Ubisoft followed yesterday’s release date announcement with a dedicated digital showcase for Mario + Rabbids Sparks of Hope. The turn-based tactical adventure will be released for Nintendo Switch on 20th October 2022.
There’s plenty that’s new and different in Mario + Rabbids Sparks of Hope, but let’s start with the story. With the Mario and Rabbids universes merged together, the Mushroom Kingdom’s heroes and their Rabbids alter-egos now have a new galactic threat to face in the form of Cursa. This malevolent force wants to capture all of the Sparks – the Rabbid version of Lunas – and drain them of their power, and she’s stolen Bowser’s army in order to do so. So Mario and chums hop into a spaceship to go and save the universe.
The gameplay snippets look to be much broader than they were in the first Mario + Rabbids. There’s now characters to meet in the world, such as the Rabbids Captain Orion, and you can take on quests from these NPCs, exploring the worlds to find puzzles and other secrets.
Turn-based combat is still at the heart of the game, but it’s transformed from the first game. The grid-based battlgrounds are gone in favour of completely freeform movement, within a particular range from a character. This allows for greater fluidity in the strategic choices you make, mixing together different character abilities in freeform combos.
All of the heroes have a specific weapon – Mario has double shot pistols, Rabbids Mario has techy boxing gloves, Luigi a sharpshooter bow that’s more powerful the further away he shoots from – as well as unique class-like techniques and the ability to use Sparks to unleash special attacks.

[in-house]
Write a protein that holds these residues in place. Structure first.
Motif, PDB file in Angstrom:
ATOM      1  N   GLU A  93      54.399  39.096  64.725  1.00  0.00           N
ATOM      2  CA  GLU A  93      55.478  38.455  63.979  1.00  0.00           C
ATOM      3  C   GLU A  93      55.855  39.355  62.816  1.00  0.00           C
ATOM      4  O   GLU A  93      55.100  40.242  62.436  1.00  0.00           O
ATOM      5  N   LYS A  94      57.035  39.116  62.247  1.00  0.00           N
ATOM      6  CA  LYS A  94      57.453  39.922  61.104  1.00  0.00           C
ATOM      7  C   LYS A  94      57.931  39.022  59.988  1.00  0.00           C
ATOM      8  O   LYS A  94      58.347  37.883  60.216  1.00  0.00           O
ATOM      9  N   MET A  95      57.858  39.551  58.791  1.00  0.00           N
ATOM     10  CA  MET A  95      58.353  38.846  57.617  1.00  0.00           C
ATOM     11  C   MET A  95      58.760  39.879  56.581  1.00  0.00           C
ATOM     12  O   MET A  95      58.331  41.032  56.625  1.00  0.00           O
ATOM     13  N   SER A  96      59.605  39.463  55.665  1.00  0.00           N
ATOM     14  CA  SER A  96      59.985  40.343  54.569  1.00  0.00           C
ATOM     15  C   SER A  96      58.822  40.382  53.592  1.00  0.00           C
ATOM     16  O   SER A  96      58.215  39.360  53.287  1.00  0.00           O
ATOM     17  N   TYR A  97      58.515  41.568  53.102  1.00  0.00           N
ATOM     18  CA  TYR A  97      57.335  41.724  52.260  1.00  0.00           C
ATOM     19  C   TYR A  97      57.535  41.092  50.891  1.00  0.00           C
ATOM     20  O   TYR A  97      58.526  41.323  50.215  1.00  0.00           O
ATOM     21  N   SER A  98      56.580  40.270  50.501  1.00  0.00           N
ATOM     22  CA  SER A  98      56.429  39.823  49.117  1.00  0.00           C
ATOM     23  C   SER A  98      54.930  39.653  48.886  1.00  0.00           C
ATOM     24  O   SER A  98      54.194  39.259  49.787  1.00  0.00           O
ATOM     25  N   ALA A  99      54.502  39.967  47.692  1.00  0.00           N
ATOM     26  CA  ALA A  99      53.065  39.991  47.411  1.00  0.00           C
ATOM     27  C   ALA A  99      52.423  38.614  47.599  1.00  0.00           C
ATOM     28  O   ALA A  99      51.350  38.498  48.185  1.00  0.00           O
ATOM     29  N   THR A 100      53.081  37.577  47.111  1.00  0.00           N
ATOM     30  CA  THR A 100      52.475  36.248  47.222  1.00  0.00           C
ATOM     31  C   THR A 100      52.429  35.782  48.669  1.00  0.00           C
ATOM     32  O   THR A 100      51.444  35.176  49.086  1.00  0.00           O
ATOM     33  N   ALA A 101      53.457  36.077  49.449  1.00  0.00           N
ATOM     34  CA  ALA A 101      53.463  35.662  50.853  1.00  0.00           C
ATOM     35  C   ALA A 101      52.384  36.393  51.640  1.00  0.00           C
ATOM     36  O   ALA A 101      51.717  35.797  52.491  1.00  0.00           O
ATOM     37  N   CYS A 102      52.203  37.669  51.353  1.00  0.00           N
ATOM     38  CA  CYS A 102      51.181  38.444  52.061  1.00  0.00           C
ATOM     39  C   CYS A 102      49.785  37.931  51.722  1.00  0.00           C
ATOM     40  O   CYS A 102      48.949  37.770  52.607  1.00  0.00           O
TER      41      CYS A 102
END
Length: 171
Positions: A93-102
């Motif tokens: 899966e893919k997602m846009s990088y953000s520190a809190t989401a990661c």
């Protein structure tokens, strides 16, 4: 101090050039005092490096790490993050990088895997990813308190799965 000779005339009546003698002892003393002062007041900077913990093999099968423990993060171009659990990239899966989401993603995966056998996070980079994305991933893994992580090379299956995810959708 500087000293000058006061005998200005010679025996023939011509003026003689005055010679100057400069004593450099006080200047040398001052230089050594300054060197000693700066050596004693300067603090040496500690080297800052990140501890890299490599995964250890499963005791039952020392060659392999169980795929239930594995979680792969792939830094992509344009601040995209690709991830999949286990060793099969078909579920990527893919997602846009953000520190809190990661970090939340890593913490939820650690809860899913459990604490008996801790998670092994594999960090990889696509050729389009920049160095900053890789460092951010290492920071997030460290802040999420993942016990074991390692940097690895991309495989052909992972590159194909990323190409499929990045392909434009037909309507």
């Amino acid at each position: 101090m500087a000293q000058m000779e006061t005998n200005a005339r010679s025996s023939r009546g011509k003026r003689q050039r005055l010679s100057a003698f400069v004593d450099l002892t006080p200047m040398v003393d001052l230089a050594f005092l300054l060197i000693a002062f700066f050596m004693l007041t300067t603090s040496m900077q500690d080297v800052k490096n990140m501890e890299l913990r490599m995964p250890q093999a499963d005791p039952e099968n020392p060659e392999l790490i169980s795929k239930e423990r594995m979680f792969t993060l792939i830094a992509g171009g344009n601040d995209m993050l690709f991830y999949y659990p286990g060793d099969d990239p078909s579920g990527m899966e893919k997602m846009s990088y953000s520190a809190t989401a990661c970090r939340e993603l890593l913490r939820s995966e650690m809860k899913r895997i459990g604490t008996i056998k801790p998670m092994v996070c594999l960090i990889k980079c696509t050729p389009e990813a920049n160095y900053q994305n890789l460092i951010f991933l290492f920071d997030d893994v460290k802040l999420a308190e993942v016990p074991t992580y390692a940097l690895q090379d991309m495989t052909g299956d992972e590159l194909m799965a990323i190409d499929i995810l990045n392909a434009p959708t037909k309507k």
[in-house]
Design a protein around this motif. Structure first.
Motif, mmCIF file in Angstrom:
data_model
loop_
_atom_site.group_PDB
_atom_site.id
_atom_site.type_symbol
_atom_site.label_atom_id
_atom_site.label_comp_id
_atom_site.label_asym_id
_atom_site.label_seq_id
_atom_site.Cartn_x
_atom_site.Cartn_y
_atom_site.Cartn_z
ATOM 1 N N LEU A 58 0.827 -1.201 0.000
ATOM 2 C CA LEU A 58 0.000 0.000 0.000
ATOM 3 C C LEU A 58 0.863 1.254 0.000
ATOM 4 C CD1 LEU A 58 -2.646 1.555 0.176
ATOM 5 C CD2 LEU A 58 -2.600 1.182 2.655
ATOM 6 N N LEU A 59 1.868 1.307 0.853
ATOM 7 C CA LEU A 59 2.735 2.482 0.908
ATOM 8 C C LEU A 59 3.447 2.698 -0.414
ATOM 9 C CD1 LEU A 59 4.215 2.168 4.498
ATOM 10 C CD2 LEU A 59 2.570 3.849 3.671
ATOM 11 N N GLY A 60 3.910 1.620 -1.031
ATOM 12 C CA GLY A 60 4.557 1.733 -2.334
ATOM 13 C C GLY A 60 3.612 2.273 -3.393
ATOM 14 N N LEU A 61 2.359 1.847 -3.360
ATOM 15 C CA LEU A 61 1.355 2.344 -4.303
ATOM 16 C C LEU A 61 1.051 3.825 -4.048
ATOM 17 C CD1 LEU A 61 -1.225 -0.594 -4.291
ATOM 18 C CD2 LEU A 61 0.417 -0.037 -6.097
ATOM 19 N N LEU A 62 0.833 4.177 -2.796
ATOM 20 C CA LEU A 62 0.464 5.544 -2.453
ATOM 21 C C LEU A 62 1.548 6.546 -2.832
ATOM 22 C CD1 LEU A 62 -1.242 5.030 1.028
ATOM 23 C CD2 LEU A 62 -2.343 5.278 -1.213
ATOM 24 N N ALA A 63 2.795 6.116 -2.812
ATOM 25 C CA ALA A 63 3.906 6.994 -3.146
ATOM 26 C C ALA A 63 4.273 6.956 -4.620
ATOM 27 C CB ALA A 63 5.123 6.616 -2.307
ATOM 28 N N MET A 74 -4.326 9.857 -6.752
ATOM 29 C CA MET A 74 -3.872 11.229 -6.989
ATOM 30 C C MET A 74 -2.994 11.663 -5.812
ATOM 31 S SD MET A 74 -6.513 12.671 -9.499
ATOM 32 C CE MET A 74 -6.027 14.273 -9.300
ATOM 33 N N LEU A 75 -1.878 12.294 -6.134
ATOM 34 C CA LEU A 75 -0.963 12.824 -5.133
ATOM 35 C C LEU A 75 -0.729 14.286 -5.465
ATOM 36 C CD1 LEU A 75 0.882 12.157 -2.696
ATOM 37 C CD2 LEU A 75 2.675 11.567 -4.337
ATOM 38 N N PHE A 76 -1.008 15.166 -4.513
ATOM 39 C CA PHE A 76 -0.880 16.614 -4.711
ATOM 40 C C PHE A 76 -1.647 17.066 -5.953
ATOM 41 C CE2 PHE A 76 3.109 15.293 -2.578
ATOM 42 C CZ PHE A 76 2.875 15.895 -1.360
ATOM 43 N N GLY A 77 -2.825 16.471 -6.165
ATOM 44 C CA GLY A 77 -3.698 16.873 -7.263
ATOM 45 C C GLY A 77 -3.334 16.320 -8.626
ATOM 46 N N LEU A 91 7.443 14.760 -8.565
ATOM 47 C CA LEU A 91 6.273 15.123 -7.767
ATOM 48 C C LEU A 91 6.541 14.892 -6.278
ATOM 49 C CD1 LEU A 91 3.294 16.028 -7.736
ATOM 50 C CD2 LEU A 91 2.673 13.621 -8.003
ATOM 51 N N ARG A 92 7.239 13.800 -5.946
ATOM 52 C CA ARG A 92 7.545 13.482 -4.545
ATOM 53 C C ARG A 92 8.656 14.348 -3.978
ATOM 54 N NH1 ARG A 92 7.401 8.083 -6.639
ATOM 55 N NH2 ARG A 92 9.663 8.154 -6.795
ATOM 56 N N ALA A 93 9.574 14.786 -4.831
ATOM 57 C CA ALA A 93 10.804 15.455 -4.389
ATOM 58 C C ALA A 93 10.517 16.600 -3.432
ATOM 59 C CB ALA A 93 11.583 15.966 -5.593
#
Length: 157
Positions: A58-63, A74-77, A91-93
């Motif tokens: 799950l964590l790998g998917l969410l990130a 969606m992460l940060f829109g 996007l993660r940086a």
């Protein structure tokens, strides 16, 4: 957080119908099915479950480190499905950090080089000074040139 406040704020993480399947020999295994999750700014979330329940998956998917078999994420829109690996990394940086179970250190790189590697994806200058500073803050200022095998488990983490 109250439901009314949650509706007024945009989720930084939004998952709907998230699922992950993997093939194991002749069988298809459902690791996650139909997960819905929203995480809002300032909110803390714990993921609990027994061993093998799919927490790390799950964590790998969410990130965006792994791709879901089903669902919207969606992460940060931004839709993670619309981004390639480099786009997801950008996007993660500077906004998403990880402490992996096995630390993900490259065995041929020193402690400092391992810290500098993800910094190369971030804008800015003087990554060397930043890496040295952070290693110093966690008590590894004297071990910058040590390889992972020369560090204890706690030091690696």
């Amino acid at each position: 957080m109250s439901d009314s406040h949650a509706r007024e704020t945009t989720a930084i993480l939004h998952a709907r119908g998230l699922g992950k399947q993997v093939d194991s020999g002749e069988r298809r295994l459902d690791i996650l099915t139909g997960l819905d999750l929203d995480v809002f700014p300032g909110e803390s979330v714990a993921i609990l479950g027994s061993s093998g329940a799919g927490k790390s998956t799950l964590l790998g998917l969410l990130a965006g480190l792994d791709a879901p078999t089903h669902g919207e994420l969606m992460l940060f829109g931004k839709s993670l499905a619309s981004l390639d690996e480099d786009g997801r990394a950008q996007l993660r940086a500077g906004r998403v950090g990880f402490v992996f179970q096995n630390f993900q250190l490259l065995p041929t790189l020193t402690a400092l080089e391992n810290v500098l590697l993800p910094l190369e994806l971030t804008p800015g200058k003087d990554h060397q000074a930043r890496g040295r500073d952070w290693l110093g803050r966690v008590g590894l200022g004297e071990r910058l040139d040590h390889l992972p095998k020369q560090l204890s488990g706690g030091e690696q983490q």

Oh, and there’s new characters on the team. Rabbids Rosalina is basically the exact opposite of regular Rosalina, her special technique putting people to sleep, while there’s an all new sword-wielding character called Edge, and Bowser’s teaming up with the good guys because he wants his army of minions back. He’s got a rocket launcher.
Finally, there’s the soundtrack, with Grant Kirkhope returning from the first game, and now joined by Gareth Coker and Yoko Shimomura. That’s an almighty trio of composers!
Looking back on our review of Mario + Rabbids Kingdom Battle, Dave said:
“As strange as Mario + Rabbids Kingdom Battle sounds on paper, there are some really good ideas in the mix. Having XCOM’s battle gameplay presented in a more light lighthearted fashion and greatly enhancing character movement are both excellent touches. It’s not perfect, but there’s a lot to like from this unlikely combination.”
You can read the full Mario + Rabbids Kingdom Battle Review here.